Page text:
Advances and Setbacks

By Robert B. Fleming, CELA

In 1987 President Ronald Reagan proclaimed March “Developmental Disabilities Awareness Month.” The deinstitutionalization movement of the seventies and early eighties had laid the foundation for significant social change, and the presidential proclamation called upon Americans to provide the “encouragement and opportunities” necessary for people with developmental disabilities to reach their potential.

As those citizens began living within the general community in larger numbers, programs to provide career planning, job coaching and supported employment began to emerge. The idea that individuals with developmental disabilities could become productive members of the workforce was new to many people, and entrenched preconceptions had to be overcome. Advocates recognized a moral imperative to engage individuals with developmental – and other – disabilities. With passage of the Americans with Disabilities Act in 1990, workplace discrimination against people with disabilities became sanctionable.

The expectations of young people with developmental disabilities and their parents began to shift. Productive, self-directed lives within the community increasingly became the goal, and (increasingly) an obtainable goal. At the same time, due to improvements in healthcare, people with developmental disabilities were living longer, leading to questions about the lifestyle of “retirement-age” individuals. In short, the national conversation began to address the full spectrum of services needed for people with disabilities to live secure, fulfilling lives. Passage of the Individuals with Disabilities Education Act (IDEA) in 2004, further cemented the resolve of self-advocates and their supporters. With its guarantees of early intervention, special education and services to transition high schoolers into adulthood, IDEA opened a world of possibilities.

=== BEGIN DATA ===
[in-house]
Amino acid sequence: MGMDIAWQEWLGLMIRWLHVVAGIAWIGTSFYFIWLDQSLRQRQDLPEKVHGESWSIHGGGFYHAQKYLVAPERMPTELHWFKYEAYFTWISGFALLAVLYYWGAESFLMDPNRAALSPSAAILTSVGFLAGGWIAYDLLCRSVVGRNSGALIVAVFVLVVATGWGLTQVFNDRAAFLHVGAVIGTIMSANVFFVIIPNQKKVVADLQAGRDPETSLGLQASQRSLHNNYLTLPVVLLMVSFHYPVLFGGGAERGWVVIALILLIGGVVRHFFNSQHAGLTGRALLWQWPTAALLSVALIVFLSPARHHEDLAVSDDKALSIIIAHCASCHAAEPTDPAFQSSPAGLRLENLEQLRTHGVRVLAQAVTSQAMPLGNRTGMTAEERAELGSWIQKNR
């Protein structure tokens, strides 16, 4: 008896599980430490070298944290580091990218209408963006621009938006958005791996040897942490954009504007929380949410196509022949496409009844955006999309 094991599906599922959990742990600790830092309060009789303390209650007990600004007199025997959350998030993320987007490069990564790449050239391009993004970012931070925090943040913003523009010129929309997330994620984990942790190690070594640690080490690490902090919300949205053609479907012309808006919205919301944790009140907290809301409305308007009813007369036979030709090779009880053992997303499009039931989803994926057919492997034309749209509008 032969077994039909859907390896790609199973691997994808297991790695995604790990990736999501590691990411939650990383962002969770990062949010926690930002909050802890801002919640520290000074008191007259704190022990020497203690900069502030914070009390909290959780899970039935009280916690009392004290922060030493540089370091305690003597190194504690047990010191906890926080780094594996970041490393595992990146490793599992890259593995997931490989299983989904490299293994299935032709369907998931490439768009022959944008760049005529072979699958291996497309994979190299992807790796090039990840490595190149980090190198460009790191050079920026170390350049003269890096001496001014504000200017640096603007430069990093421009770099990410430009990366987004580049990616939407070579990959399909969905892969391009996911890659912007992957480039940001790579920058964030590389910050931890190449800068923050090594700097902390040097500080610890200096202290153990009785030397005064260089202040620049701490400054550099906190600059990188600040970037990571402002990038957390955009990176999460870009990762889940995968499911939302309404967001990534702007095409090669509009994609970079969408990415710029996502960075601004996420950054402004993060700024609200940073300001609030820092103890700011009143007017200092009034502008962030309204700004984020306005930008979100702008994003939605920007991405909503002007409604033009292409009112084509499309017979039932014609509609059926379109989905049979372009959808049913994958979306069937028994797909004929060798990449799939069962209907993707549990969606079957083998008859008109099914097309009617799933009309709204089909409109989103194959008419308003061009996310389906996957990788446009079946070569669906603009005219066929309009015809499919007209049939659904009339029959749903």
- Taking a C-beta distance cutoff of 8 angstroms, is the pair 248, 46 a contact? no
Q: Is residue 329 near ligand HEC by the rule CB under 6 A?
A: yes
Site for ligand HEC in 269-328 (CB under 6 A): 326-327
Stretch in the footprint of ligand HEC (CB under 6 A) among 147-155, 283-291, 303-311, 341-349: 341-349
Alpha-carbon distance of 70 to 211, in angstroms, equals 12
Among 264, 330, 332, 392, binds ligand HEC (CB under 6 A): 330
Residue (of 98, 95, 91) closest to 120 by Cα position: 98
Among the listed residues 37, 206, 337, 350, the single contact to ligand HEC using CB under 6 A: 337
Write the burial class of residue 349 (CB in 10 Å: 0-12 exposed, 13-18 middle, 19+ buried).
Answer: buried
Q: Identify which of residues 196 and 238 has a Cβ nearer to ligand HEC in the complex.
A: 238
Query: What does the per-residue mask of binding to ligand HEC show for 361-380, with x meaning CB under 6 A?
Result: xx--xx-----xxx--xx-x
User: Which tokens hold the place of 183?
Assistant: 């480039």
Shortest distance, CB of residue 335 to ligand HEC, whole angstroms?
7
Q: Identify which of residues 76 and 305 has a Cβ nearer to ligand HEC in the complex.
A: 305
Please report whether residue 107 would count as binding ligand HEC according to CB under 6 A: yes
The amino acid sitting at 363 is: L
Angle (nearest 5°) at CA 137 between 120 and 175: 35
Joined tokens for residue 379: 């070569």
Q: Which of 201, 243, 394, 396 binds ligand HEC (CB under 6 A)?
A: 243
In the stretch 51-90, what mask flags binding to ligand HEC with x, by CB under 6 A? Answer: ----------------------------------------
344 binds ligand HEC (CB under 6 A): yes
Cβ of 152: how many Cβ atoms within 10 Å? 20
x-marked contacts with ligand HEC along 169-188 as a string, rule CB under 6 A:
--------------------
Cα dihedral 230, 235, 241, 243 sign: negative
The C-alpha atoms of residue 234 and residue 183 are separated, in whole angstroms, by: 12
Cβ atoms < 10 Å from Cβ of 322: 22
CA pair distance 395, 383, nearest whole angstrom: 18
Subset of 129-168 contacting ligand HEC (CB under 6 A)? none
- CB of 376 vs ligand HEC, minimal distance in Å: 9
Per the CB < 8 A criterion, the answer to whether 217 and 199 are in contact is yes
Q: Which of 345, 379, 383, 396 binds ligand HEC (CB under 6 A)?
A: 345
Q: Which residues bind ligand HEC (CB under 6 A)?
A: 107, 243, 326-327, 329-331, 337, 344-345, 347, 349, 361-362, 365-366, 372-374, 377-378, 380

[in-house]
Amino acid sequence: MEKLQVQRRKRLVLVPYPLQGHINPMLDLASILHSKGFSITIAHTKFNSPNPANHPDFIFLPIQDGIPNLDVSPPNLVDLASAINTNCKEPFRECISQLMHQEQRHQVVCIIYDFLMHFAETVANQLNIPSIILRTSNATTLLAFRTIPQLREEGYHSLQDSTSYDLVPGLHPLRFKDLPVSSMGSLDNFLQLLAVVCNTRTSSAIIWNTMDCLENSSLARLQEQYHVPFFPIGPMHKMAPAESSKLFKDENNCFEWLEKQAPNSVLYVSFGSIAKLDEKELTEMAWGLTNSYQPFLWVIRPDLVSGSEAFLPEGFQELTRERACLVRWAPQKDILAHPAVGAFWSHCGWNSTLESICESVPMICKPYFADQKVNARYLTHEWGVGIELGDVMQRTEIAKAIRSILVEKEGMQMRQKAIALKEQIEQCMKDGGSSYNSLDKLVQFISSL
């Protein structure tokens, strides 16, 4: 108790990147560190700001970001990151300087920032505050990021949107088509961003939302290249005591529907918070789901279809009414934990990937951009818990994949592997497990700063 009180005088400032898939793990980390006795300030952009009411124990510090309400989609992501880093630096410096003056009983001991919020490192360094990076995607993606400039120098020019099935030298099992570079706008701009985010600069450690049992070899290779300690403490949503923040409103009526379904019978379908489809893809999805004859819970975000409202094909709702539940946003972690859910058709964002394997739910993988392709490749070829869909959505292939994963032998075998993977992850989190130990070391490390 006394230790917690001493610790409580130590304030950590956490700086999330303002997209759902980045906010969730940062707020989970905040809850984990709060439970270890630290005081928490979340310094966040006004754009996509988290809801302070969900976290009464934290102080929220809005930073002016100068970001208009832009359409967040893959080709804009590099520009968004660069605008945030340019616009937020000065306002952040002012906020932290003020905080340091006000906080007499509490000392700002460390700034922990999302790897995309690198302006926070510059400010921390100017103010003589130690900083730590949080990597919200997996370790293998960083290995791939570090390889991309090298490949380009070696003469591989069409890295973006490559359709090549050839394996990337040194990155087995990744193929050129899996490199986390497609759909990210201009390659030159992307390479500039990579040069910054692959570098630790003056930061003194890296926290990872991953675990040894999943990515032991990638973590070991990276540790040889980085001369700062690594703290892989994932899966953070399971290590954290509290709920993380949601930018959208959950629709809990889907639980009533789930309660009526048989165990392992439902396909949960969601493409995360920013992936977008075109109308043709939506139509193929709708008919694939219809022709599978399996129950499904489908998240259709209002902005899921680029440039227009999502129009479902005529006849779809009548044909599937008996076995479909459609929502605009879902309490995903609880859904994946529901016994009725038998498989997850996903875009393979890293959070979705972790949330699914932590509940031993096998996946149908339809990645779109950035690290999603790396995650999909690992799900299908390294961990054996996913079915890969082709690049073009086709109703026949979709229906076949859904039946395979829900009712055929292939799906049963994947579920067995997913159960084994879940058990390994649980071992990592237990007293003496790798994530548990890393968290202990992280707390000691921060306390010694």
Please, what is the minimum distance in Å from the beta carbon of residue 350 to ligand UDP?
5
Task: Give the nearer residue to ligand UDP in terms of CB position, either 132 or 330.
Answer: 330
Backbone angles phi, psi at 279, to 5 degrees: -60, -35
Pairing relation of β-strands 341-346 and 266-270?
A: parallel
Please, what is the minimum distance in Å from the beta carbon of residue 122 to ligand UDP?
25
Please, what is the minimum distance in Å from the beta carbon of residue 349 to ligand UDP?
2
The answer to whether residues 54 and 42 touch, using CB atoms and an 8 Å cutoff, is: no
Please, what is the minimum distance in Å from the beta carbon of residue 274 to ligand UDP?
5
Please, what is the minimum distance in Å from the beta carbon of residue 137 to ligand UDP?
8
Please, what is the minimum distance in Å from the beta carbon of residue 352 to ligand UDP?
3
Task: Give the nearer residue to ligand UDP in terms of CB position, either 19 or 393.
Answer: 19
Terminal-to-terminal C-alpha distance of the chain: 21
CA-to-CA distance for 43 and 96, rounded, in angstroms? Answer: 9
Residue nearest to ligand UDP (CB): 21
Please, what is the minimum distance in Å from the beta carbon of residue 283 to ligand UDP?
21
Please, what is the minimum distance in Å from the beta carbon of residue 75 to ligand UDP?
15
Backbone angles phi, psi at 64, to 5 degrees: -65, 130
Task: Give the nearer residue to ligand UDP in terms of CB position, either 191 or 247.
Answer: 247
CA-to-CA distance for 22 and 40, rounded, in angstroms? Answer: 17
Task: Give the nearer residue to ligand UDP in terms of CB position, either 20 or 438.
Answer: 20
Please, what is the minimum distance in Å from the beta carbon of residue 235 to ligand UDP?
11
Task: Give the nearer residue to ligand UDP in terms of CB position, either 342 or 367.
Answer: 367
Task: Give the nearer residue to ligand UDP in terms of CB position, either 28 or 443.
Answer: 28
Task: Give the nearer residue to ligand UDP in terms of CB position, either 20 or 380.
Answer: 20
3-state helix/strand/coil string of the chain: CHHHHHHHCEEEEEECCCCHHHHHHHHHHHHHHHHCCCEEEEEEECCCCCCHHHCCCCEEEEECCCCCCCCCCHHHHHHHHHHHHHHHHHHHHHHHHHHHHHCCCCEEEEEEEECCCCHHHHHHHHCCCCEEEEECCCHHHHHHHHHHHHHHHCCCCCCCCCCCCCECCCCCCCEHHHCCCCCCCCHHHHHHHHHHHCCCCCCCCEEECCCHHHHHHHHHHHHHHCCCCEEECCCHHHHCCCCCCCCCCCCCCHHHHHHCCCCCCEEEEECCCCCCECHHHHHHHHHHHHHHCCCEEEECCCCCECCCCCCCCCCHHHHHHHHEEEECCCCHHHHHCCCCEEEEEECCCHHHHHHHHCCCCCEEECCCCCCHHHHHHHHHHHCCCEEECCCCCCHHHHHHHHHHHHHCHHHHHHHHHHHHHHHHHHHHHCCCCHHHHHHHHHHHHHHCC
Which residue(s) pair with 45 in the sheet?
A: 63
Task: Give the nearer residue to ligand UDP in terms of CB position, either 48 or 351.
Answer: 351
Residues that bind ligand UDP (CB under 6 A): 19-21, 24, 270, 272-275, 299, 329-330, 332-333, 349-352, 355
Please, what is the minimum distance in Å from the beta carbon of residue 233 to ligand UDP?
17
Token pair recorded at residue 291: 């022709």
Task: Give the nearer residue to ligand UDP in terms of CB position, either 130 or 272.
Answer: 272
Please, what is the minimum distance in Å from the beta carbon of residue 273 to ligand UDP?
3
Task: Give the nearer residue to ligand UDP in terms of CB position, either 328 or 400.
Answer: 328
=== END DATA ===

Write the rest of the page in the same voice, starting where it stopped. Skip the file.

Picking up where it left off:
I wish that I could say that, as a result of all these changes, stereotyping has decreased. Some observers might be encouraged by sensitive portrayals of people with disabilities in film, literature and onstage. At the same time, though, bullying of students with special needs has become a serious—and growing—national problem. Stereotypes remain, undoubtedly contributing to the continued high unemployment rate among people with disabilities. Hurtful words are too commonplace, and we are far from free from experiencing incidents of abuse and neglect. Taxpayer-funded programs for people with disabilities, always under pressure, are more at risk in today’s economic environment. Discussions at all levels of government threaten the advances made during the past 25 years. School districts across the country are faced with shrinking budgets, and sometimes they complain about special education mandates. Medicaid, which has funded many employment and community-based residential programs, is under fire.

Yes, a quarter century after the establishment of Developmental Disabilities Awareness Month, the world has changed in important ways. Much, though, remains to challenge us. In the coming years, we’ll need to fight not only for more advances but to retain the accomplishments of past decades. It is a fight in which we must all engage.